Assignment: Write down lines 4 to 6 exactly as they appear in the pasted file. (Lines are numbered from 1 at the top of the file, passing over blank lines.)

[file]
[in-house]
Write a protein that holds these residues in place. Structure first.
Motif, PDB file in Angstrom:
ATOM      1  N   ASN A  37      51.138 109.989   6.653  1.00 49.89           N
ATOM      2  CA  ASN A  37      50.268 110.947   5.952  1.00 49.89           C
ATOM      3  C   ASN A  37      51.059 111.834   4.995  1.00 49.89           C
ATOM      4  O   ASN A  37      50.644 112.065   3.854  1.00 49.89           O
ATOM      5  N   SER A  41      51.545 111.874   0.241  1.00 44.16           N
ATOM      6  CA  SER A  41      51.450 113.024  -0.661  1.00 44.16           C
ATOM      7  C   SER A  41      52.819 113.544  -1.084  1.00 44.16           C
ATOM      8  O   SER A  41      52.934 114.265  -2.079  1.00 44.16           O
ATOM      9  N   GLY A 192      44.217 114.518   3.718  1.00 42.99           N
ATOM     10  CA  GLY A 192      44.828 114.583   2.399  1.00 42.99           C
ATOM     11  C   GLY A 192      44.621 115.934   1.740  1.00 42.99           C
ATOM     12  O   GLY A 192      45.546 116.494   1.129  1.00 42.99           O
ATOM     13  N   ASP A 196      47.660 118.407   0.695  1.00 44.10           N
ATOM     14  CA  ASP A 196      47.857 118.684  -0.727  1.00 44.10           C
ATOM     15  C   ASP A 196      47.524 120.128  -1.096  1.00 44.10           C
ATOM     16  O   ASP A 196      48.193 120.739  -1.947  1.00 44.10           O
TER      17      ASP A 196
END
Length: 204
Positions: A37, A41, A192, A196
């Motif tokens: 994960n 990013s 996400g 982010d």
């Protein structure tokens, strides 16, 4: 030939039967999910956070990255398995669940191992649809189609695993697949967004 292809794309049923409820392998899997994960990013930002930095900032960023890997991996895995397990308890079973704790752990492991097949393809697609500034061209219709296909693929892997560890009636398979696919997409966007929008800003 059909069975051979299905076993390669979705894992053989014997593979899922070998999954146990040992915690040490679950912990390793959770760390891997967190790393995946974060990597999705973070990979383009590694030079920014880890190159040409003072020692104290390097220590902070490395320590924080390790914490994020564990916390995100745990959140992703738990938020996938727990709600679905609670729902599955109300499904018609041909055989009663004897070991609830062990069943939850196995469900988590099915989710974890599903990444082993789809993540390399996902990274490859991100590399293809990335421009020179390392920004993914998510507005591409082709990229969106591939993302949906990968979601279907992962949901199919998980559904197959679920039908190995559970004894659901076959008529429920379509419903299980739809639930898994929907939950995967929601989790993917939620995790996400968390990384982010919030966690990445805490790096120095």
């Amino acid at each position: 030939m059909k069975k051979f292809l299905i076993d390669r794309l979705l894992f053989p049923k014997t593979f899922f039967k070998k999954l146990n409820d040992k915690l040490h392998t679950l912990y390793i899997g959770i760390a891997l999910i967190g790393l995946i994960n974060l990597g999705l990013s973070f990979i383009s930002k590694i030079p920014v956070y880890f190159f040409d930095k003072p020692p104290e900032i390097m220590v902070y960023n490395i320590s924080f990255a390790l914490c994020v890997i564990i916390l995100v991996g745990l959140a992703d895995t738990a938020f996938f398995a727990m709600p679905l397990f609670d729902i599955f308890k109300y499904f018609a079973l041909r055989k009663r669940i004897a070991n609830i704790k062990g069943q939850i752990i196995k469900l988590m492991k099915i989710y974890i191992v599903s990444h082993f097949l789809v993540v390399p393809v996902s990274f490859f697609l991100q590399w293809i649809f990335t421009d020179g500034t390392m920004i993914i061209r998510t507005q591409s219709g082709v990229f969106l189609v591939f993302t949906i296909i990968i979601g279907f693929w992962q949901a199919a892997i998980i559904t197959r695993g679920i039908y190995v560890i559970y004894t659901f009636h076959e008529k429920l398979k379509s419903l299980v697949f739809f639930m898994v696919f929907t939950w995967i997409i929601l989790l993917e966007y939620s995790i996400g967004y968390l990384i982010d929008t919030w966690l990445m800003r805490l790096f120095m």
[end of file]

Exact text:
ATOM      1  N   ASN A  37      51.138 109.989   6.653  1.00 49.89           N
ATOM      2  CA  ASN A  37      50.268 110.947   5.952  1.00 49.89           C
ATOM      3  C   ASN A  37      51.059 111.834   4.995  1.00 49.89           C